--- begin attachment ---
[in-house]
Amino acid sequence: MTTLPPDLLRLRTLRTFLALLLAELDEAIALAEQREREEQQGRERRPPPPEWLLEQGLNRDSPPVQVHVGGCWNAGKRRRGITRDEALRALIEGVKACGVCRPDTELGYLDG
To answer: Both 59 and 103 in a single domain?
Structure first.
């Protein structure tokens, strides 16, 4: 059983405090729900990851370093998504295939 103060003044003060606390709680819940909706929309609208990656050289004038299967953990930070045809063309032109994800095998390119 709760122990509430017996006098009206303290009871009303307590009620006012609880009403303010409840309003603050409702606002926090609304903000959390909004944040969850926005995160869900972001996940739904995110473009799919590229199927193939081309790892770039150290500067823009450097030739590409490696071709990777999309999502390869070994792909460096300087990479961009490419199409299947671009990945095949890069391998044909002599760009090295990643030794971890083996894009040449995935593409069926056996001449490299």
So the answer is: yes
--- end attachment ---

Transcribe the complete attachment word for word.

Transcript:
[in-house]
Amino acid sequence: MTTLPPDLLRLRTLRTFLALLLAELDEAIALAEQREREEQQGRERRPPPPEWLLEQGLNRDSPPVQVHVGGCWNAGKRRRGITRDEALRALIEGVKACGVCRPDTELGYLDG
To answer: Both 59 and 103 in a single domain?
Structure first.
């Protein structure tokens, strides 16, 4: 059983405090729900990851370093998504295939 103060003044003060606390709680819940909706929309609208990656050289004038299967953990930070045809063309032109994800095998390119 709760122990509430017996006098009206303290009871009303307590009620006012609880009403303010409840309003603050409702606002926090609304903000959390909004944040969850926005995160869900972001996940739904995110473009799919590229199927193939081309790892770039150290500067823009450097030739590409490696071709990777999309999502390869070994792909460096300087990479961009490419199409299947671009990945095949890069391998044909002599760009090295990643030794971890083996894009040449995935593409069926056996001449490299």
So the answer is: yes